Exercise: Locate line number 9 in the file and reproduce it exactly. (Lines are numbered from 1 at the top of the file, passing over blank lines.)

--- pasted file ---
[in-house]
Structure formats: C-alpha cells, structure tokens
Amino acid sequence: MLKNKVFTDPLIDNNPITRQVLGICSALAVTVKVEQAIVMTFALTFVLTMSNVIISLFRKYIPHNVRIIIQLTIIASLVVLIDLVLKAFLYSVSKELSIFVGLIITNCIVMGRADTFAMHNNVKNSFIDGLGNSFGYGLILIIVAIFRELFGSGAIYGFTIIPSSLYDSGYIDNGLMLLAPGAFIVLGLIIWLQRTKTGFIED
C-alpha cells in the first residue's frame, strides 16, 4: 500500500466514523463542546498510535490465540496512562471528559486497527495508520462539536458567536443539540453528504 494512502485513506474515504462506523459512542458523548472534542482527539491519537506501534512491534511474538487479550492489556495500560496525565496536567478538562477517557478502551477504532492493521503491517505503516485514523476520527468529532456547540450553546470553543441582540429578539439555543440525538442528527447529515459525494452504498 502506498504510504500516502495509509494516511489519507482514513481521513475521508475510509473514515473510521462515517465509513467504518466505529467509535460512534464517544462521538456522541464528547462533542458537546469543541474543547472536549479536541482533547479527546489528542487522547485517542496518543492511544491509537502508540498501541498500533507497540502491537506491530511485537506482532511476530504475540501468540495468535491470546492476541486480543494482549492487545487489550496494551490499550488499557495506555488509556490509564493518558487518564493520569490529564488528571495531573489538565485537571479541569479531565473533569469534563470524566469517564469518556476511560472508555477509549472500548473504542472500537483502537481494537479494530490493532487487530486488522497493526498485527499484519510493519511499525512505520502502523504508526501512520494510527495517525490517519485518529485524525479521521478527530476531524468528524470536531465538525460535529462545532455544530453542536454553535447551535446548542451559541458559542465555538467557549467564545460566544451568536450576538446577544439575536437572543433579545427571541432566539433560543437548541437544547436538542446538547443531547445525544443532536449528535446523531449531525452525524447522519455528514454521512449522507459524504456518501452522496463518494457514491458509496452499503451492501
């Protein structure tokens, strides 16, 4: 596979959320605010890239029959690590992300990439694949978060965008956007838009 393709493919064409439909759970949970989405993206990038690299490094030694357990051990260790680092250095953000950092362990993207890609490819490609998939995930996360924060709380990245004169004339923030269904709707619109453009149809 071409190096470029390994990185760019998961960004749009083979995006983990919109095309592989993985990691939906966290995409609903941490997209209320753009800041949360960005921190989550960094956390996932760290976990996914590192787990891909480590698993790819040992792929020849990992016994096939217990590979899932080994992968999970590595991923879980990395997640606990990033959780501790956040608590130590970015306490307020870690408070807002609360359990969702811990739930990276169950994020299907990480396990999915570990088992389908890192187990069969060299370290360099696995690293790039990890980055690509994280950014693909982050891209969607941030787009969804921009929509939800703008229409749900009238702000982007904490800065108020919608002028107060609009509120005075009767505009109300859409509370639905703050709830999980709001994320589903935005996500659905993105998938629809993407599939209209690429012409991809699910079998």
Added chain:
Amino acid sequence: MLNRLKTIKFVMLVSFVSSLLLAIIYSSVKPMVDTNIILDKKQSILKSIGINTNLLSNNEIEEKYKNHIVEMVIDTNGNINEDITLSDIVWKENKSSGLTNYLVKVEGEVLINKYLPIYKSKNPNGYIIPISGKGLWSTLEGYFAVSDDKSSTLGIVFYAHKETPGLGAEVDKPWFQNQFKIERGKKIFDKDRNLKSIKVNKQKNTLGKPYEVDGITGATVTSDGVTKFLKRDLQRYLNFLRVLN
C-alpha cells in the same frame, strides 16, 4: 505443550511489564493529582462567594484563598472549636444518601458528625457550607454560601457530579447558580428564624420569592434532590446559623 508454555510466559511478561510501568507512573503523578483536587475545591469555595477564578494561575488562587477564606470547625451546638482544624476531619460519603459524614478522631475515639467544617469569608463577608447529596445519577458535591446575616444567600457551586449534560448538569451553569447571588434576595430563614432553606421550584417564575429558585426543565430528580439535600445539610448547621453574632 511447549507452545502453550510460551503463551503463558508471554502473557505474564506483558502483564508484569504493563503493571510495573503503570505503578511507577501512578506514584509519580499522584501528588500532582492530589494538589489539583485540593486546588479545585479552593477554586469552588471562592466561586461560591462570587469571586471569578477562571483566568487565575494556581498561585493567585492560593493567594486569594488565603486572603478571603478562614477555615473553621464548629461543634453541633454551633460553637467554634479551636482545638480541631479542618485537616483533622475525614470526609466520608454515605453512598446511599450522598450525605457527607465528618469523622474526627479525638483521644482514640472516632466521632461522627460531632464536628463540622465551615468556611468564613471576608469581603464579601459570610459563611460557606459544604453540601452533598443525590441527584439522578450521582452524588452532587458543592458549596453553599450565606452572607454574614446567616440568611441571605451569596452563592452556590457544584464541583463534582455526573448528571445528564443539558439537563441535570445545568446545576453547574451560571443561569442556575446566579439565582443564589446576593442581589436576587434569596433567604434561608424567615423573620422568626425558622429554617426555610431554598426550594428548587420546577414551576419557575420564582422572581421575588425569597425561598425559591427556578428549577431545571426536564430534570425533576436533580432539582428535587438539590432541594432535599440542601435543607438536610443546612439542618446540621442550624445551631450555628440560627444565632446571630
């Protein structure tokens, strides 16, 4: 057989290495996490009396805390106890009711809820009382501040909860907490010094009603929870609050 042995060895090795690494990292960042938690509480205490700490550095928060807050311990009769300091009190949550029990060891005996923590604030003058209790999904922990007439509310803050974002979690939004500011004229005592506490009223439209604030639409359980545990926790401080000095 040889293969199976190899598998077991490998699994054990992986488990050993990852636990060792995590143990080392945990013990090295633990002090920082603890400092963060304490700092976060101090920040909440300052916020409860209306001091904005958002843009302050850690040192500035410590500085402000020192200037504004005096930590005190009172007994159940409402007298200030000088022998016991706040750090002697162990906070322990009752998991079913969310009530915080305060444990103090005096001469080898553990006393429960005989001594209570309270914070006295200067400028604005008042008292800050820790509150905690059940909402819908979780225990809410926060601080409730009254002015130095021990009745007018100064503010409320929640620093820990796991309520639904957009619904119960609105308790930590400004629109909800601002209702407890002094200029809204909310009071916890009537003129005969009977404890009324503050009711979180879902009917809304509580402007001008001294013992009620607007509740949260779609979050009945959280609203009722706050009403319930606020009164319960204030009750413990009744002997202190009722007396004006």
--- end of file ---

């Protein structure tokens, strides 16, 4: 057989290495996490009396805390106890009711809820009382501040909860907490010094009603929870609050 042995060895090795690494990292960042938690509480205490700490550095928060807050311990009769300091009190949550029990060891005996923590604030003058209790999904922990007439509310803050974002979690939004500011004229005592506490009223439209604030639409359980545990926790401080000095 040889293969199976190899598998077991490998699994054990992986488990050993990852636990060792995590143990080392945990013990090295633990002090920082603890400092963060304490700092976060101090920040909440300052916020409860209306001091904005958002843009302050850690040192500035410590500085402000020192200037504004005096930590005190009172007994159940409402007298200030000088022998016991706040750090002697162990906070322990009752998991079913969310009530915080305060444990103090005096001469080898553990006393429960005989001594209570309270914070006295200067400028604005008042008292800050820790509150905690059940909402819908979780225990809410926060601080409730009254002015130095021990009745007018100064503010409320929640620093820990796991309520639904957009619904119960609105308790930590400004629109909800601002209702407890002094200029809204909310009071916890009537003129005969009977404890009324503050009711979180879902009917809304509580402007001008001294013992009620607007509740949260779609979050009945959280609203009722706050009403319930606020009164319960204030009750413990009744002997202190009722007396004006």